Last May my husband and I were delighted to discover a large flock of White-throated Sparrows (Zonotrichia albicolli)rumpusing about our garden. A chorus of choristers chortling My Sweet Canada, Canada, Canada or alternatively Old Sam Peabody, Peabody, Peabody, their clear, elegant notes were heard for several days and they were easily spotted rustling about in the hedge, dining on safflower seeds scattered on the ground below the bird feeder, and feasting on Winter Moth (Operophtera brumata) caterpillars in the trees. I believe it to be a fairly rare occurrence to observe a flock migrating this far east through Cape Ann. My East Gloucester neighbor Jen, who has a lovely garden even closer to the easternmost edges of the peninsula, reported same. Her flock also stayed for several days enjoying the winter moth caterpillar banquet found in her yard. Rather than walk or run, White-throated Sparrows hop, and we delighted in our all too brief encounter with this beautiful and entertaining “Whistler of the North.”
White-throated Sparrow Eating Winter Moth Larvae
Kingdom: Animalia (Animal)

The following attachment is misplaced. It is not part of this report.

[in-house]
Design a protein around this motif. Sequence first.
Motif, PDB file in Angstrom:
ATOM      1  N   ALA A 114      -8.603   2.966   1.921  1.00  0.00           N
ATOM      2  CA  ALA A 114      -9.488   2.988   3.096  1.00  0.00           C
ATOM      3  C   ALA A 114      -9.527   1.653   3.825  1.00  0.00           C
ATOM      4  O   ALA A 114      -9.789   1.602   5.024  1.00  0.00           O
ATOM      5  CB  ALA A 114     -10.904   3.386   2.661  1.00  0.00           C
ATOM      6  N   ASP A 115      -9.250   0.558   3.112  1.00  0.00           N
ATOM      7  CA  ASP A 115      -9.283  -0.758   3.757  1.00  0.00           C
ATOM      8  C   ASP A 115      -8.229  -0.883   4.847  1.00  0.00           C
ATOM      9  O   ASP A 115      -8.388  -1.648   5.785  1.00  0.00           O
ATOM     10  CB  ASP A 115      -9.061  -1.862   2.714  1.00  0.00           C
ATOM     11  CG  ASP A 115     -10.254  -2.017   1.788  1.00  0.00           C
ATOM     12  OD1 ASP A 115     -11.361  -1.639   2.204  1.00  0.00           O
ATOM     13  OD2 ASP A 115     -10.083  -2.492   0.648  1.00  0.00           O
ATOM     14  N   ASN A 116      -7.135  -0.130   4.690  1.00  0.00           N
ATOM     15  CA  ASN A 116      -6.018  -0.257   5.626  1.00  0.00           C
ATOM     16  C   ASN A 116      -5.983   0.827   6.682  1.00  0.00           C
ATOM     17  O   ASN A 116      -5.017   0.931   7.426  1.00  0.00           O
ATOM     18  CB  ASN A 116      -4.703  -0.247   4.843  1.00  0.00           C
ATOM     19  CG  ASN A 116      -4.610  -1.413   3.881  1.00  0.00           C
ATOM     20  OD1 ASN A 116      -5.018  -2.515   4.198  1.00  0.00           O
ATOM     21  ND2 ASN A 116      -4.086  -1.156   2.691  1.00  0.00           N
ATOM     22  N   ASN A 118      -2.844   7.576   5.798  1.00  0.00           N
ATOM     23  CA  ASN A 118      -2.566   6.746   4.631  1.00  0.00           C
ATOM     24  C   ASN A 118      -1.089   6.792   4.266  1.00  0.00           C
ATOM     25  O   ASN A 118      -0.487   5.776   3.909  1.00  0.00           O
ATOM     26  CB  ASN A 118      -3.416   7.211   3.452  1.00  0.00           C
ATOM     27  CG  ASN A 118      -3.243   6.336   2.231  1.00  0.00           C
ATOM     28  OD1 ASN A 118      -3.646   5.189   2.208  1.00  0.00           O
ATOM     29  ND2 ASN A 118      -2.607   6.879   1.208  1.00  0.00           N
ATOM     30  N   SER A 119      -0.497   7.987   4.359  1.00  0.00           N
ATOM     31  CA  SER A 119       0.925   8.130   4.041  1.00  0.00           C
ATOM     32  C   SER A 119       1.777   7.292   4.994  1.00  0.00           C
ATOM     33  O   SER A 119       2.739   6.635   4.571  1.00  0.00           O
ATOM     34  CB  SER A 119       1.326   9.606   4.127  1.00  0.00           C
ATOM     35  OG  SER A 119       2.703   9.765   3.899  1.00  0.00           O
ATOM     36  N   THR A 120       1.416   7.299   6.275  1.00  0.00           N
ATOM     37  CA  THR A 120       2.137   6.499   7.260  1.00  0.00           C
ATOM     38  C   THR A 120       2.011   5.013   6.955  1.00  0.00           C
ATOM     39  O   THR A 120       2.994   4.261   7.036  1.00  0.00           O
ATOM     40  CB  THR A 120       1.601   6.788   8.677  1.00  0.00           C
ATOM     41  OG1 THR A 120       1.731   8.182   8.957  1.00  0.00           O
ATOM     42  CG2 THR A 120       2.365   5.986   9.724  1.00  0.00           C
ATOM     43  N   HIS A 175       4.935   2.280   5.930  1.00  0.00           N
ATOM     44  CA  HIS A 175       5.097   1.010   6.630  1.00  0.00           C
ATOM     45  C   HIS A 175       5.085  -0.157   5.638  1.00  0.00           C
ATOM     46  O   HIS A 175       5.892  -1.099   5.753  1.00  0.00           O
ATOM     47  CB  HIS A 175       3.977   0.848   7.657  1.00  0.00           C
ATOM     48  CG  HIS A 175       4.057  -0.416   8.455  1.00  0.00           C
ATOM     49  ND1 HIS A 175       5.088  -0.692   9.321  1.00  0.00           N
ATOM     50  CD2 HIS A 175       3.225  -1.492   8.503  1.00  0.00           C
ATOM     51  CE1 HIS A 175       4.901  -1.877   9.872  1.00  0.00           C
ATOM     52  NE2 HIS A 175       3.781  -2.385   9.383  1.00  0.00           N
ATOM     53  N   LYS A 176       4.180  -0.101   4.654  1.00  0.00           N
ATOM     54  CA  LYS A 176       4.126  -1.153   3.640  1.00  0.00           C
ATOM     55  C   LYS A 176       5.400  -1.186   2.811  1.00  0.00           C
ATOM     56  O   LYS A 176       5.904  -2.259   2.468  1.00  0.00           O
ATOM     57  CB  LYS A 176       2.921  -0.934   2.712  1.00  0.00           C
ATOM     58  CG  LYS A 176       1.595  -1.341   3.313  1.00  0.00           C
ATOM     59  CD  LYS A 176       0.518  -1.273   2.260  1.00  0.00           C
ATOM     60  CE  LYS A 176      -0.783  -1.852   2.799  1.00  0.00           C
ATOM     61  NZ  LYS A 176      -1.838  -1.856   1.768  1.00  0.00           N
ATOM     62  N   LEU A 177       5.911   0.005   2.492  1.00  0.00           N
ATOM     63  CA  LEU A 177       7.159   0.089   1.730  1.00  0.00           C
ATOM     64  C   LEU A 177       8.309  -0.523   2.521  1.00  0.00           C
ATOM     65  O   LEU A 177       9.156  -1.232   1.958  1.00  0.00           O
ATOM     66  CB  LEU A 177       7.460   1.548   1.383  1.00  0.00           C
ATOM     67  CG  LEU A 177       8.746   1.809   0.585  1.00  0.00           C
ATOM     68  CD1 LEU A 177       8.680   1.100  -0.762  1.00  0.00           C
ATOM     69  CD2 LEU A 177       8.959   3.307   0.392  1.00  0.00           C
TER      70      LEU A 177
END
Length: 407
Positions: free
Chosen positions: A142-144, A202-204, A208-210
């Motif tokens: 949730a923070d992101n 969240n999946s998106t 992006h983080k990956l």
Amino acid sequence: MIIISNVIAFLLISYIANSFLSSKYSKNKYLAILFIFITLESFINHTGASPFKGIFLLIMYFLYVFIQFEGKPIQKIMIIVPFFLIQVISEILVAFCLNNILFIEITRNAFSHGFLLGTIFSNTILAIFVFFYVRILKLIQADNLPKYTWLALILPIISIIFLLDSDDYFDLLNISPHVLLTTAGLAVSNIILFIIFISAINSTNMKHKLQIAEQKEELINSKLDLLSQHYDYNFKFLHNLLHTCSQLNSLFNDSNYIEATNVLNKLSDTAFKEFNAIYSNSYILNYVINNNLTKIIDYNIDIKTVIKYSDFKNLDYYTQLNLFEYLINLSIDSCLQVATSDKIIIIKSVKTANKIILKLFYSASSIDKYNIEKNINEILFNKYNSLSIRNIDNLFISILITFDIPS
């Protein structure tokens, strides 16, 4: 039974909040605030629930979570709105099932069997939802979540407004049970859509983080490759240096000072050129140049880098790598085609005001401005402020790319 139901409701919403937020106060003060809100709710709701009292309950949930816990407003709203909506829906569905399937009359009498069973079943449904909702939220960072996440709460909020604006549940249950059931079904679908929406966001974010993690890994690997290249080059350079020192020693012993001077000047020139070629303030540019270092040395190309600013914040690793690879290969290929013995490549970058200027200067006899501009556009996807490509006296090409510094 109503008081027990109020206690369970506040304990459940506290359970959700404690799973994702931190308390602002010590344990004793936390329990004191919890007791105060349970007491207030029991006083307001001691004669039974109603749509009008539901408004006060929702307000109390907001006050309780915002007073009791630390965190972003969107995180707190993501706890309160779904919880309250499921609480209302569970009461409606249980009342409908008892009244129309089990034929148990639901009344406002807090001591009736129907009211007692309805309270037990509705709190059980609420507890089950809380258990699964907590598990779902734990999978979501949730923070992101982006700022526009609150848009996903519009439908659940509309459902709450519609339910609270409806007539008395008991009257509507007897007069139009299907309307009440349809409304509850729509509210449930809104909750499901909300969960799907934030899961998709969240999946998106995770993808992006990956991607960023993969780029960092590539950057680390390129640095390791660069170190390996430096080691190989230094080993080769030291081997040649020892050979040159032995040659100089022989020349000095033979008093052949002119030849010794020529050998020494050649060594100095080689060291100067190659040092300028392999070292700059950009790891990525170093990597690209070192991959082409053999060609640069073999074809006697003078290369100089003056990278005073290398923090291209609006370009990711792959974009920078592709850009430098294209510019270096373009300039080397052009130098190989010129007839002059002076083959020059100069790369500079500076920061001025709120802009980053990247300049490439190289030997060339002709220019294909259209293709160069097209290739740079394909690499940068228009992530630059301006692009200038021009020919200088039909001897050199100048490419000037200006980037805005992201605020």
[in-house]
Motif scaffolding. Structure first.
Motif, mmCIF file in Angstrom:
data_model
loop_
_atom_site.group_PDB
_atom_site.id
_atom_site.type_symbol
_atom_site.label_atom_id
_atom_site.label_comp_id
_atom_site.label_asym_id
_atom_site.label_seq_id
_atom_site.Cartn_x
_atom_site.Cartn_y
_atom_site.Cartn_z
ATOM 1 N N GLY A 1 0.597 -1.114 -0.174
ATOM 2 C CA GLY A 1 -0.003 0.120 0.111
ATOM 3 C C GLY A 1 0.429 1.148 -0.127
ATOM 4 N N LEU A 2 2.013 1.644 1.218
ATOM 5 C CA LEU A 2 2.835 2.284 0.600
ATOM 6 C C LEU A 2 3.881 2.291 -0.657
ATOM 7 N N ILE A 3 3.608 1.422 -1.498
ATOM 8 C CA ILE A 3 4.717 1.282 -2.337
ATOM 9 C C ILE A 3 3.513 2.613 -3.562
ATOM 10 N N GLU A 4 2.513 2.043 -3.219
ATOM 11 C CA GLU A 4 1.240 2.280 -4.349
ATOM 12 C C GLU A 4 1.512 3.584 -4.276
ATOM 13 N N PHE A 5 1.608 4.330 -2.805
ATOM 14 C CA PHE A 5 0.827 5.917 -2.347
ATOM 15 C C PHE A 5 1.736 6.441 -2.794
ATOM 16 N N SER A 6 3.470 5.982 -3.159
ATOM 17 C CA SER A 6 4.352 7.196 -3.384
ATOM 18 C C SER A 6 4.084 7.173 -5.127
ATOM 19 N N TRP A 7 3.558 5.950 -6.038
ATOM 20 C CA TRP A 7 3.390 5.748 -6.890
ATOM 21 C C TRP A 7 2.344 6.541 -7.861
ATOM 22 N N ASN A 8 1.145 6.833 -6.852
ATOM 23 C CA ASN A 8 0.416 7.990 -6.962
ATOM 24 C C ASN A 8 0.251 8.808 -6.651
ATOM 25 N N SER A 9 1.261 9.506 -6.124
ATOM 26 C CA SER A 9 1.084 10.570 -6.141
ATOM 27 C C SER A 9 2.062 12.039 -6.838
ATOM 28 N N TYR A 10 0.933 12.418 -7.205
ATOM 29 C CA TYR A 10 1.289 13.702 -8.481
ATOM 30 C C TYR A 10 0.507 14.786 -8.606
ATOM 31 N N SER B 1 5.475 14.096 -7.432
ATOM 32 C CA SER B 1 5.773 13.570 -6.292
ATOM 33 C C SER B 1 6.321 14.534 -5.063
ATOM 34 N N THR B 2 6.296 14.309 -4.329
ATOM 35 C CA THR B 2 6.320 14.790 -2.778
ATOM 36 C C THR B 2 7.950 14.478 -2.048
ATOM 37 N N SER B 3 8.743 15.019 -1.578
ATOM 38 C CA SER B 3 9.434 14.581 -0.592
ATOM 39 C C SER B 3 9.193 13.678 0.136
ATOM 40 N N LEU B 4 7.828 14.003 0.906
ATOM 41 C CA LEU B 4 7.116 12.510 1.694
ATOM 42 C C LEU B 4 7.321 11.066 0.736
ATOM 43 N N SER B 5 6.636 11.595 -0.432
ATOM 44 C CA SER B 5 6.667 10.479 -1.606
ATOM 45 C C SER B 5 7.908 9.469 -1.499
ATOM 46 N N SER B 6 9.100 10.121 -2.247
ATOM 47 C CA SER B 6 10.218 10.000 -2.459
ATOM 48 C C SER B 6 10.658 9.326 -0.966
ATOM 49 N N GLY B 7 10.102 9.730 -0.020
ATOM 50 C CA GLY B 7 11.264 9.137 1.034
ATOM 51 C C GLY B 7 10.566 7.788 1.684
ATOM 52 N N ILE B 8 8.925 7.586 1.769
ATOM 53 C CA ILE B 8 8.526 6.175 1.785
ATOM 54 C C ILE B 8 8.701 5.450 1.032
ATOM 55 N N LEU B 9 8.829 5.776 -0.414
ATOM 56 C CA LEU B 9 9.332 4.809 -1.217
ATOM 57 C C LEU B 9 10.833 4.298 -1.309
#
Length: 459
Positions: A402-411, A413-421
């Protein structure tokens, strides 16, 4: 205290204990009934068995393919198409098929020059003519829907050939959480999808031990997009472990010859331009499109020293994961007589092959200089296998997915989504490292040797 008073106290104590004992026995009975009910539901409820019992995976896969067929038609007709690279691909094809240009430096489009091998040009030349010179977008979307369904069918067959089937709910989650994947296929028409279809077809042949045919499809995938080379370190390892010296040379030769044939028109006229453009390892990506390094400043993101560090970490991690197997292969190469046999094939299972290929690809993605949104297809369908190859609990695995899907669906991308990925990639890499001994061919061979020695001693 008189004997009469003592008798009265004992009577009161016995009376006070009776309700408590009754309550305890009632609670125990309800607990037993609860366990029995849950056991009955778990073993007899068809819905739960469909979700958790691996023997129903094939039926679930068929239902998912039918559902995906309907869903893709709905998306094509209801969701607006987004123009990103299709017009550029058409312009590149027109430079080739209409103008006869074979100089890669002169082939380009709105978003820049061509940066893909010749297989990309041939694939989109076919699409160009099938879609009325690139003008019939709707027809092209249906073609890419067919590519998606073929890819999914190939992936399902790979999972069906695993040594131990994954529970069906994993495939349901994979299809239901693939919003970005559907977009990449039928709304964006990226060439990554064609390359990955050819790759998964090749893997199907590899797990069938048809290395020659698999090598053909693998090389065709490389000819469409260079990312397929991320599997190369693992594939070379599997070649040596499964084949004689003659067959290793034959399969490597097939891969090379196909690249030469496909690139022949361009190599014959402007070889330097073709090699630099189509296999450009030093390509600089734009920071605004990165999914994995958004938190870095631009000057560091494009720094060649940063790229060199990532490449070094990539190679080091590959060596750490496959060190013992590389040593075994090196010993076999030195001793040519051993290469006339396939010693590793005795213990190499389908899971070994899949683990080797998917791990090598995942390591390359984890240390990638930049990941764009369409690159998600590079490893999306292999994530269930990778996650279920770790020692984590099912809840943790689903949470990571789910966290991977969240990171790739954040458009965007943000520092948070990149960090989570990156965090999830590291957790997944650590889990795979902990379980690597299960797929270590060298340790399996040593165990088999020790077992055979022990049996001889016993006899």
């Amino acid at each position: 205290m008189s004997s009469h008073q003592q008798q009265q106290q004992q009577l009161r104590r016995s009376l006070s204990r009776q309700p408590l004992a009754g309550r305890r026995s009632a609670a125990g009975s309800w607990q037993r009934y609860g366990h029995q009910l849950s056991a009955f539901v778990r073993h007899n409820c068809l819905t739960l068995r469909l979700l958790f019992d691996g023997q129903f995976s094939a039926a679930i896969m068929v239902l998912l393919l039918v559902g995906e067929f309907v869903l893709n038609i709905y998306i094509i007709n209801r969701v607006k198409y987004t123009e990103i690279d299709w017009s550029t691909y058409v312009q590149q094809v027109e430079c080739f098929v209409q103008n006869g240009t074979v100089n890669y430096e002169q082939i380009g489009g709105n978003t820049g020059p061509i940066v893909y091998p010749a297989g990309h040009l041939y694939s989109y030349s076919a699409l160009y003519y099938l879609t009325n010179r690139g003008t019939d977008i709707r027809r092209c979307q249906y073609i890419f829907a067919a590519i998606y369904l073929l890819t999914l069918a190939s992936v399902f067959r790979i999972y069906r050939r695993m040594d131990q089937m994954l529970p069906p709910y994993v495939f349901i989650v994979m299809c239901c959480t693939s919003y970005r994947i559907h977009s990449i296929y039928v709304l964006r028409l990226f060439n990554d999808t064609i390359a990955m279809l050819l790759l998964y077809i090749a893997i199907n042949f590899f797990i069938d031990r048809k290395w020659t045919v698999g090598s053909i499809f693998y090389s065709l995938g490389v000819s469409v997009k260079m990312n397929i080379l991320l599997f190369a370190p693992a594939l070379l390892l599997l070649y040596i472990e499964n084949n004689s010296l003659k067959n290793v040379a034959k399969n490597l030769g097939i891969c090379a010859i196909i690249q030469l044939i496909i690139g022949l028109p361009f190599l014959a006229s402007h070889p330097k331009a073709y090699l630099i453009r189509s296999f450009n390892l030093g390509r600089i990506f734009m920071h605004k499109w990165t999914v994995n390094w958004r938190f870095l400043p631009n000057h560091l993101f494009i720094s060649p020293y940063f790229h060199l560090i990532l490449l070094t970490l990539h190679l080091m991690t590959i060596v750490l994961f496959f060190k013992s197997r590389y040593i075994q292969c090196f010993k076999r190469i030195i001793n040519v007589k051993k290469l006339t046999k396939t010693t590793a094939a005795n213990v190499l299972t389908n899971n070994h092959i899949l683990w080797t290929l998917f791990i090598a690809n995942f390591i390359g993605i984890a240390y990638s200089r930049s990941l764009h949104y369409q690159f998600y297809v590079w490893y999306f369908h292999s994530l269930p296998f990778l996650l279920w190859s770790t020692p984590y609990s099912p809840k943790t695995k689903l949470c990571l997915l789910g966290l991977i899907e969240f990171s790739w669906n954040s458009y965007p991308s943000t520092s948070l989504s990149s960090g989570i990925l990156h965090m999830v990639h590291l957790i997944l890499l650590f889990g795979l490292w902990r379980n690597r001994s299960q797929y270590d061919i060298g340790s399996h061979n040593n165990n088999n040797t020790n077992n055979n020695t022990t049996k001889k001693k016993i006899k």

Phylum: Chordata (Vertebrates)
Class: Aves (Birds)
Order: Passeriformes (Perching birds)
Suborder: Passeri (Songbird)
Family: Emberizidae (Seed-eating birds with a distinctively shaped bill)
Species: Z. albicollis
White-throated Sparrows breed from Mackenzie, central Quebec, and Newfoundland south to North Dakota, Wisconsin, and Pennsylvania. They spend winters in much of the southeastern U.S. and in small numbers in southwestern states. Frequent visitors to back yard feeders, White-throated Sparrows build their nests toward the ground in shrubby thickets or semi-open mixed woods, wood lots, scrub lands, gardens, and backyards. Of note, the sparrow comes in two distinct color forms: white-crowned and tan-crowned. The two color morphs are unique among birds. Individuals almost always mate with a bird of the opposite morph. “Normally, a single brood is raised each season, with the female remaining with the fledged young even after they have left the nesting territory” (Mass Audubon Breeding Bird Atlas). After the breeding season ends, the adults molt and attain their winter plumage.